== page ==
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Posted: 2019-12-05 22:02:05
www.npr.org
Three of the 12 women enrolled in a study of progesterone to reverse a medication-based abortion required ambulance transport to a hospital for treatment of severe vaginal bleeding.
Posted: 2019-12-05 16:00:55
www.npr.org
They've identified hundreds of proteins in human blood that wax and wane in surprising ways as we age. The findings could provide important clues about which substances in the blood can slow...
Posted: 2019-12-05 10:00:02
www.npr.org
Weary of losing neighbors and patients to gunfire, St. Louis trauma surgeon Laurie Punch has a message: Gun violence is contagious, but so is healing. Doctors who teach can be part of the solution.
Posted: 2019-12-04 17:13:44
www.npr.org
HIV Prevention Drugs Are Available For Free: How Do You Get Them?
For people at high risk of HIV, taking a daily dose of a prevention drug is essential. But many can't afford it. A new federal program makes the drugs available for free.
Posted: 2019-12-04 10:23:00
www.npr.org
For HIV-Positive Babies, New Evidence Favors Starting Drug Treatment Just After Birth
Doctors used to worry that antiretroviral drugs were too powerful for HIV-positive newborns. More evidence is emerging that, in fact, early treatment can be safe and effective.
Posted: 2019-12-04 10:00:31
www.npr.org
Brunch, Margaritas And Good Advice: How Peer Support Helps Those Living With HIV
Thrive SS, an HIV support program by and for black men, credits its popularity to its grassroots approach. But the model, which focuses on forming a social networks, misses out on federal funding.
Posted: 2019-12-03 20:12:00
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After A Freak Accident, A Doctor Finds Insight Into 'Living Life And Facing Death'
In 1990, BJ Miller was electrocuted by a train. That accident during college took most of his limbs, but the event and his recovery inspired him to pursue a career as a palliative care physician.
Posted: 2019-11-30 12:00:18
www.npr.org
Opinion: Emergency Rooms Shouldn't Be Parking Lots For Patients
Patients in hospital ERs can wait hours for inpatient beds to open up. The delays can be maddening. A solution for this long-standing problem has been elusive in the U.S., despite progress elsewhere.
Posted: 2019-11-29 21:24:00
www.npr.org
When Teens Abuse Parents, Shame and Secrecy Make It Hard to Seek Help
Most people think domestic violence involves an adult abusing an intimate partner or a child, but children can also threaten, bully and attack family members. Some abused parents are speaking...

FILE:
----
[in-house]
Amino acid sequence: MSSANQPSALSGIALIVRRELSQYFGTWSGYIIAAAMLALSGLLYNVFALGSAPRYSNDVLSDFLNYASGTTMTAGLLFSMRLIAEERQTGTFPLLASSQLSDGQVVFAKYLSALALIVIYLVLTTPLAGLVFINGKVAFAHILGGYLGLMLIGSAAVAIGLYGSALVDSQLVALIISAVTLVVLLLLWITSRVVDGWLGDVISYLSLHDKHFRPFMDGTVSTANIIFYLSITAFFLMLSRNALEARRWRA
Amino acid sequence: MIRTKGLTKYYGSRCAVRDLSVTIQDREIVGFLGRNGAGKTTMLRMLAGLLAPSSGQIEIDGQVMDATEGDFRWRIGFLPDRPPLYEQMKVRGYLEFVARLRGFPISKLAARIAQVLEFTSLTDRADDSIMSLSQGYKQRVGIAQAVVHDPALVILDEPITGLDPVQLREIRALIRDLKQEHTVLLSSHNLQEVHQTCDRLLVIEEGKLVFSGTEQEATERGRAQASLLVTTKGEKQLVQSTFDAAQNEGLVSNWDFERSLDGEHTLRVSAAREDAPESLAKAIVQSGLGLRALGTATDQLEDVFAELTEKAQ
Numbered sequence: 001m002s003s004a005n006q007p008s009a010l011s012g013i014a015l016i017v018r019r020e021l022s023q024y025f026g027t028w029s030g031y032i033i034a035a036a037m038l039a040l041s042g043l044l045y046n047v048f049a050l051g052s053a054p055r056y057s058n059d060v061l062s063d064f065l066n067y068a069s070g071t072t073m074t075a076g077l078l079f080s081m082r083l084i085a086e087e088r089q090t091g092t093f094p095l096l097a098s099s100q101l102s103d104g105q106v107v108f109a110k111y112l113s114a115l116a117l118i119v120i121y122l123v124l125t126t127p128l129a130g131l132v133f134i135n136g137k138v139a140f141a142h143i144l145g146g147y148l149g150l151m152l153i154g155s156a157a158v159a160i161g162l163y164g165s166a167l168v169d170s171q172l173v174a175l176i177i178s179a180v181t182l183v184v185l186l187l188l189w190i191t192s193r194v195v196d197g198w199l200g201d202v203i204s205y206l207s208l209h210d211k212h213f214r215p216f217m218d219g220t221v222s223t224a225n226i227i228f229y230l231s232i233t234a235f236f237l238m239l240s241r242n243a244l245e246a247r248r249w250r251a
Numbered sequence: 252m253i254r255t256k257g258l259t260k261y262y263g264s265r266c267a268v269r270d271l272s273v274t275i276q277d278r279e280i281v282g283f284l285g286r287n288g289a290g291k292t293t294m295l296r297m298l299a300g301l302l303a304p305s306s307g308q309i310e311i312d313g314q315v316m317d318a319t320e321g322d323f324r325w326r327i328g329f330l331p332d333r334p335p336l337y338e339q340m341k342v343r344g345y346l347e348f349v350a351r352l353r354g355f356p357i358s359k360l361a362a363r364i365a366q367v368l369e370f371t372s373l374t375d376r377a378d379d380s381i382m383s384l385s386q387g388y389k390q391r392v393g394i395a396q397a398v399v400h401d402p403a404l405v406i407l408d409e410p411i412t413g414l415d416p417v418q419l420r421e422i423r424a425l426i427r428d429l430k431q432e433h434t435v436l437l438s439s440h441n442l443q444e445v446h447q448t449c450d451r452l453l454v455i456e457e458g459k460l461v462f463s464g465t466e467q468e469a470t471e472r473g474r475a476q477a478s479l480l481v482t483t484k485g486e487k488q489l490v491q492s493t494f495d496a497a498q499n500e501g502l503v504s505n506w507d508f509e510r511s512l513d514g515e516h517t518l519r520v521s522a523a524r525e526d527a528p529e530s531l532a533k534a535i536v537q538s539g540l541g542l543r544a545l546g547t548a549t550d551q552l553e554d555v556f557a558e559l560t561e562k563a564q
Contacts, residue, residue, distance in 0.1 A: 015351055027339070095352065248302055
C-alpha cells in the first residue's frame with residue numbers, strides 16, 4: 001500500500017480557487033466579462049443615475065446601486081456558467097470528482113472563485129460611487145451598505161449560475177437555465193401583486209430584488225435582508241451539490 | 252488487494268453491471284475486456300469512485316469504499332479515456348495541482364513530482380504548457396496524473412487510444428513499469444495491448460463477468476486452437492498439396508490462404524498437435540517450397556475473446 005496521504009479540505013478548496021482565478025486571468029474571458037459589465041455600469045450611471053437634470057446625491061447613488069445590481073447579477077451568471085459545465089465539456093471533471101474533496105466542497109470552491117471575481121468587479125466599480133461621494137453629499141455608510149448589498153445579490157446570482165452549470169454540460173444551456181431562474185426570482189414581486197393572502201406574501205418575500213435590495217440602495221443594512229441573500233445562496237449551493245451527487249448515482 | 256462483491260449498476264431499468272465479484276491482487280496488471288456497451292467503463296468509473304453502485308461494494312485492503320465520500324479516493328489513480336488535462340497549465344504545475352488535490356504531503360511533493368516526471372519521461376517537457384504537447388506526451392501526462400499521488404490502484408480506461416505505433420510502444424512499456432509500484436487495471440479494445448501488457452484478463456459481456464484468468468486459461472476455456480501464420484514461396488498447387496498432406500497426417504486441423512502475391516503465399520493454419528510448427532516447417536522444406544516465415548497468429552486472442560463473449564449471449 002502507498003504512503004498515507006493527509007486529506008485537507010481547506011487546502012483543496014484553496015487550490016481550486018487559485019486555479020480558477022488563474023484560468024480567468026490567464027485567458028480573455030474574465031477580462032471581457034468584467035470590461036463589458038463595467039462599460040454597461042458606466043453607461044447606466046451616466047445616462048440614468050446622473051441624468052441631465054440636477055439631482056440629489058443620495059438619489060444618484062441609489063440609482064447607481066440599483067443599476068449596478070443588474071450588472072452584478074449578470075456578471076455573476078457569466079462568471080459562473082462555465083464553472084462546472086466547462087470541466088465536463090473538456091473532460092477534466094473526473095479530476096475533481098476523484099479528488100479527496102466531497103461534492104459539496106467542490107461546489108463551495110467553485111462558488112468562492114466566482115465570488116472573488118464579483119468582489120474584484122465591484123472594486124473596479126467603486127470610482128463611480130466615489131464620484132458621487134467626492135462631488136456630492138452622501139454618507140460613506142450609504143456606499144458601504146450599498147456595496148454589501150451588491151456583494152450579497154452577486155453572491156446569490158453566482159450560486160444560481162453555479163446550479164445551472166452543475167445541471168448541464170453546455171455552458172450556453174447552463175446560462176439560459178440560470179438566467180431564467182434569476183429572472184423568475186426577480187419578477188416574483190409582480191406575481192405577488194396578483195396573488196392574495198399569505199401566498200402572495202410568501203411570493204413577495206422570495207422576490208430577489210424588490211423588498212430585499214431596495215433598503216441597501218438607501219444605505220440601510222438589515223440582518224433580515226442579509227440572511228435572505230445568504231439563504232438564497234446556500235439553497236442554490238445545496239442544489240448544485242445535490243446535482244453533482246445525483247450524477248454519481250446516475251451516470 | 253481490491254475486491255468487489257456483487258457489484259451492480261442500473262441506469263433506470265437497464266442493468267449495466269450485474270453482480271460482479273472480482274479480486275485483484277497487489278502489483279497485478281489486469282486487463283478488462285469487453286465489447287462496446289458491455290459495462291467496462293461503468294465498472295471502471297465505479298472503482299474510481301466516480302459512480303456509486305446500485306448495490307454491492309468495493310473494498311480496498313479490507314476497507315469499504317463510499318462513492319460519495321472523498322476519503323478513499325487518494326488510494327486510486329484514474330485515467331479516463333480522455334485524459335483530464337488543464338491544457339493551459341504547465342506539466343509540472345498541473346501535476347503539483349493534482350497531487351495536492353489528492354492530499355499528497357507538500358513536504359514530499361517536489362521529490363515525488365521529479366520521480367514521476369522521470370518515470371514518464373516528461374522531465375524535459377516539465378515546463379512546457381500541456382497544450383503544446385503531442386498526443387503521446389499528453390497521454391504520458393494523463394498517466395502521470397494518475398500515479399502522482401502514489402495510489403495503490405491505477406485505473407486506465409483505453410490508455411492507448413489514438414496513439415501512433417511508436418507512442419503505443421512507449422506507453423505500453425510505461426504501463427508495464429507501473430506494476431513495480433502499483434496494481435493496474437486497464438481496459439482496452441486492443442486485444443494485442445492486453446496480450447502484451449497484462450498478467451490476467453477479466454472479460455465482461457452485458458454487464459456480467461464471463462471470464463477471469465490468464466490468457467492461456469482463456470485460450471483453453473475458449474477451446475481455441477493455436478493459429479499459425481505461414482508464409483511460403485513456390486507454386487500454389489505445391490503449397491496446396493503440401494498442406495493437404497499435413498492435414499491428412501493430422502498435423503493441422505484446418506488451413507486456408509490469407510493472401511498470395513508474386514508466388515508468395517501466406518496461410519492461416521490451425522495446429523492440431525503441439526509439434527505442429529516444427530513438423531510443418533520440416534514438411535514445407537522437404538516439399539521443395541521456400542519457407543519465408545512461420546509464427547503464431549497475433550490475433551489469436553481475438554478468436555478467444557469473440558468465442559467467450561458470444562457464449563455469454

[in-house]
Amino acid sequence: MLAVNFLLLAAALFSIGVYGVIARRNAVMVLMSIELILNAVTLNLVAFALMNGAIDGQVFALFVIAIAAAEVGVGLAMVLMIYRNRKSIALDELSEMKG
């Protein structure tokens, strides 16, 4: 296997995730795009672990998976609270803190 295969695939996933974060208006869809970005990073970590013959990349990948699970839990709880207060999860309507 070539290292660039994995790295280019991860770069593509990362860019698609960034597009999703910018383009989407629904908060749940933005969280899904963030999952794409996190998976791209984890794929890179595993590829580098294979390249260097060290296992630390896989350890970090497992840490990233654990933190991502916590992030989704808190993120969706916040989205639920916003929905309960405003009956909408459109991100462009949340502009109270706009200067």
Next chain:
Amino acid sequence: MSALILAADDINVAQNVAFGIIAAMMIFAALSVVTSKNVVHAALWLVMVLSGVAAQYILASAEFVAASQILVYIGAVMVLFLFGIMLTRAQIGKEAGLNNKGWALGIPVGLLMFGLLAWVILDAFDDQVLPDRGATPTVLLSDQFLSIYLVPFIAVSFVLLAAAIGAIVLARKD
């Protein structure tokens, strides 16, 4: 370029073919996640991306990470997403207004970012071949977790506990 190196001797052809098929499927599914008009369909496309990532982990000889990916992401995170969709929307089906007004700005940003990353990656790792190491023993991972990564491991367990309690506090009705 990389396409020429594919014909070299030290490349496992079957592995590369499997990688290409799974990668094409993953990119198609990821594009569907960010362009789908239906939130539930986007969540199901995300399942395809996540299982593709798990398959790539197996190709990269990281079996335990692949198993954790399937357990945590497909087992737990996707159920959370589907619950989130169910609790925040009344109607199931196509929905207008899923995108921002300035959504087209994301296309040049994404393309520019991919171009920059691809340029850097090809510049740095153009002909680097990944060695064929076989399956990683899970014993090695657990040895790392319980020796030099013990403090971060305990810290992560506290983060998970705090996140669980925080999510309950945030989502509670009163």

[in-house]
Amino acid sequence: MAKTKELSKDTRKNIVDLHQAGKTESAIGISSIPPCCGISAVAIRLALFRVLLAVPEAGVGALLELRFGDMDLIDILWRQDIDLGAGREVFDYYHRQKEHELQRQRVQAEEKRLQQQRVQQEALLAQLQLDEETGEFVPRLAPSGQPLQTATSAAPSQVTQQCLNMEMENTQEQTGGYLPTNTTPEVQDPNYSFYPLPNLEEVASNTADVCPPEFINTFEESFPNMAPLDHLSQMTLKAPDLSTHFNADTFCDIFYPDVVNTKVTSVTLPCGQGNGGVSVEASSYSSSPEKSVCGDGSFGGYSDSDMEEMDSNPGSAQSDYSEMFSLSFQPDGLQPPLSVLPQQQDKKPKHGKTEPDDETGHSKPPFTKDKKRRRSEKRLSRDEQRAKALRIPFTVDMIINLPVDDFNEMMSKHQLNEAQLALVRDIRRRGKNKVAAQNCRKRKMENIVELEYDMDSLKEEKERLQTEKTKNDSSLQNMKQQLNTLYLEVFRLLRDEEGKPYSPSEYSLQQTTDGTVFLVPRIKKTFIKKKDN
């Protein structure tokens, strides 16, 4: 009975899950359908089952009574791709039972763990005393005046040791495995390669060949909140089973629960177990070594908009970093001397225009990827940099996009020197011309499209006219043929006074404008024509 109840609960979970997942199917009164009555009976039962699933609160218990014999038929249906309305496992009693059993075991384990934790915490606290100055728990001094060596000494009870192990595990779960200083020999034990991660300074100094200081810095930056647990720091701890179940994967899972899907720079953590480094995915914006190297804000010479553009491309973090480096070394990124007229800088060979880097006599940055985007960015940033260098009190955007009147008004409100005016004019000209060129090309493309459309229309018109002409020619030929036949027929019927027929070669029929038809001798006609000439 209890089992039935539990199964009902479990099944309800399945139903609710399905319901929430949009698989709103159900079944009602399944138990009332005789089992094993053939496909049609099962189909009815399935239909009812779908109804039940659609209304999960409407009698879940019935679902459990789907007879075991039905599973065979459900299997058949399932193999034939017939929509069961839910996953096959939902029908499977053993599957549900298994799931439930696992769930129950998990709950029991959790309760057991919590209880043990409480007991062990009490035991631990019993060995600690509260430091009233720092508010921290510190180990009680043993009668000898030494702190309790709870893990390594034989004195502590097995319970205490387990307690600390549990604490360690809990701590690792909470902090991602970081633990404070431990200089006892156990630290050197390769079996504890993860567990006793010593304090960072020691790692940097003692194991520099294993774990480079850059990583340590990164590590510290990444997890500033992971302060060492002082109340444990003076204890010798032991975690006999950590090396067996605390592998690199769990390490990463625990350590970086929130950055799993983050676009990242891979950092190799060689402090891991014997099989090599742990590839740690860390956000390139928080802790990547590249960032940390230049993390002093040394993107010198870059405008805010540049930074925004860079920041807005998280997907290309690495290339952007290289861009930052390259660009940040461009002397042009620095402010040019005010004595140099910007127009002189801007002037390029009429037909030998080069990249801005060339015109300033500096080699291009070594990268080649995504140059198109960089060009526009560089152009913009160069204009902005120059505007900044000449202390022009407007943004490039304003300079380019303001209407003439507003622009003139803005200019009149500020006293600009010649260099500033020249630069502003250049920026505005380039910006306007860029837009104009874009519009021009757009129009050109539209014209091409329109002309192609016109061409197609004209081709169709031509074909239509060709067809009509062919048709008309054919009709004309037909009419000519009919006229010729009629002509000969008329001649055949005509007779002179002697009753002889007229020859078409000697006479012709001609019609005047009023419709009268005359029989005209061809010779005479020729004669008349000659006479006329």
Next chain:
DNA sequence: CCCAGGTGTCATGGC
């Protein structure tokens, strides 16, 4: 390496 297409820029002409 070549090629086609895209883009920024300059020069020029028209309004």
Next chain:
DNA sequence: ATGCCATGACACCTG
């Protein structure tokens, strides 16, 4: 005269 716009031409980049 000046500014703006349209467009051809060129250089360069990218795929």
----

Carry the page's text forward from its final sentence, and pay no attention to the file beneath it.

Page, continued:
Posted: 2019-11-26 18:20:48
www.npr.org
Nothing To Sneeze At: $2,659 Bill To Pluck Doll's Shoe From Girl's Nose
A young girl put matching doll shoes up her nose. One came out easily. The second required a trip to the hospital emergency department and led to a bill that isn't child's play.

Posted: 2019-12-05 22:02:05
www.npr.org
Three of the 12 women enrolled in a study of progesterone to reverse a medication-based abortion required ambulance transport to a hospital for treatment of severe vaginal bleeding.
Posted: 2019-12-04 22:59:07
www.npr.org
Many women get their hair dyed or straightened regularly with products that contain thousands of chemicals. Researchers are teasing out whether our hair habits could be raising our breast cancer...
Posted: 2019-11-29 10:00:00
www.npr.org
After they give birth, black women are more likely than other women to suffer from postpartum depression. But many can't get treatment — or they avoid it because they fear government scrutiny.
Posted: 2019-11-28 10:00:30
www.npr.org
Here's To Grown-Up Siblings And The Ties That Bind
Though she and her younger brother are very different, he's the one, in a way, she knows best. Sibling relationships, in fact, are the longest-lasting family ties we have, transcending time and...
Posted: 2019-11-26 18:20:48
www.npr.org
Nothing To Sneeze At: $2,659 Bill To Pluck Doll's Shoe From Girl's Nose
A young girl put matching doll shoes up her nose. One came out easily. The second required a trip to the hospital emergency department and led to a bill that isn't child's play.
Posted: 2019-11-25 10:11:00
www.npr.org
For Your Heart, Eat Fish Or Take Pills? Now There's A Drug Equal To 8 Salmon Servings
A high-dose prescription fish oil pill has been shown to reduce the risk of heart attacks and strokes. An FDA advisory panel voted in favor of expanded use of the drug.
Posted: 2019-11-24 12:00:00
www.npr.org
Excess Weight Can Weaken The Flu Shot
Scientists have come to realize that flu vaccines are less effective for people who are overweight or obese. Now researchers are trying to figure out why and hope to develop better vaccines.